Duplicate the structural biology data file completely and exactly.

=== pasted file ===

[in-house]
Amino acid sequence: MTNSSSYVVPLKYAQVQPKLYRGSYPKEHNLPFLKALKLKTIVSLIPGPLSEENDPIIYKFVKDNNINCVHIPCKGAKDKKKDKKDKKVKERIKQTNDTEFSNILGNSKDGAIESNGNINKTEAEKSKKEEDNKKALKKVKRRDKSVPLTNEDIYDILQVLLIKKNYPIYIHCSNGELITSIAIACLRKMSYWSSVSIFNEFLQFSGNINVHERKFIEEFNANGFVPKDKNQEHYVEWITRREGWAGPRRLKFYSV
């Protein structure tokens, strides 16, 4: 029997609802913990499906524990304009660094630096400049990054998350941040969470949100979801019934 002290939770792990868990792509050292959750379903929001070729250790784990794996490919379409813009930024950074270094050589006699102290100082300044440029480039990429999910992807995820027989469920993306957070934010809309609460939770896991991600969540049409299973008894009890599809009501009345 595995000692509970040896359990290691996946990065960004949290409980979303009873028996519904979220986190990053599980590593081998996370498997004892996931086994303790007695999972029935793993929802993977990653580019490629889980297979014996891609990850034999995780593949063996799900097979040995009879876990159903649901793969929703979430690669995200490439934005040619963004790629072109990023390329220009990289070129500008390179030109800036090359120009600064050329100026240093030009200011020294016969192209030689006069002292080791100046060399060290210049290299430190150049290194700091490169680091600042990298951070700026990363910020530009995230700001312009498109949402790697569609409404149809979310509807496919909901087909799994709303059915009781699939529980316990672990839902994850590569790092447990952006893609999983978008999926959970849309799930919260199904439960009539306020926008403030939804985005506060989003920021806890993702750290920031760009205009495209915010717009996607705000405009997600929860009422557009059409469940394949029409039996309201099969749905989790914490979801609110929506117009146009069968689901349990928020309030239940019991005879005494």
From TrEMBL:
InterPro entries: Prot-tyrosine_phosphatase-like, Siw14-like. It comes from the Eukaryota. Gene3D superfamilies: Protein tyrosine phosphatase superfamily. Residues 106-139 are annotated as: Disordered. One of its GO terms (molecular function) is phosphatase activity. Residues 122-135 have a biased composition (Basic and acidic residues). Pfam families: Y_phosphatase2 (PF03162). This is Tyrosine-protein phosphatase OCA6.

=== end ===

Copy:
[in-house]
Amino acid sequence: MTNSSSYVVPLKYAQVQPKLYRGSYPKEHNLPFLKALKLKTIVSLIPGPLSEENDPIIYKFVKDNNINCVHIPCKGAKDKKKDKKDKKVKERIKQTNDTEFSNILGNSKDGAIESNGNINKTEAEKSKKEEDNKKALKKVKRRDKSVPLTNEDIYDILQVLLIKKNYPIYIHCSNGELITSIAIACLRKMSYWSSVSIFNEFLQFSGNINVHERKFIEEFNANGFVPKDKNQEHYVEWITRREGWAGPRRLKFYSV
């Protein structure tokens, strides 16, 4: 029997609802913990499906524990304009660094630096400049990054998350941040969470949100979801019934 002290939770792990868990792509050292959750379903929001070729250790784990794996490919379409813009930024950074270094050589006699102290100082300044440029480039990429999910992807995820027989469920993306957070934010809309609460939770896991991600969540049409299973008894009890599809009501009345 595995000692509970040896359990290691996946990065960004949290409980979303009873028996519904979220986190990053599980590593081998996370498997004892996931086994303790007695999972029935793993929802993977990653580019490629889980297979014996891609990850034999995780593949063996799900097979040995009879876990159903649901793969929703979430690669995200490439934005040619963004790629072109990023390329220009990289070129500008390179030109800036090359120009600064050329100026240093030009200011020294016969192209030689006069002292080791100046060399060290210049290299430190150049290194700091490169680091600042990298951070700026990363910020530009995230700001312009498109949402790697569609409404149809979310509807496919909901087909799994709303059915009781699939529980316990672990839902994850590569790092447990952006893609999983978008999926959970849309799930919260199904439960009539306020926008403030939804985005506060989003920021806890993702750290920031760009205009495209915010717009996607705000405009997600929860009422557009059409469940394949029409039996309201099969749905989790914490979801609110929506117009146009069968689901349990928020309030239940019991005879005494």
From TrEMBL:
InterPro entries: Prot-tyrosine_phosphatase-like, Siw14-like. It comes from the Eukaryota. Gene3D superfamilies: Protein tyrosine phosphatase superfamily. Residues 106-139 are annotated as: Disordered. One of its GO terms (molecular function) is phosphatase activity. Residues 122-135 have a biased composition (Basic and acidic residues). Pfam families: Y_phosphatase2 (PF03162). This is Tyrosine-protein phosphatase OCA6.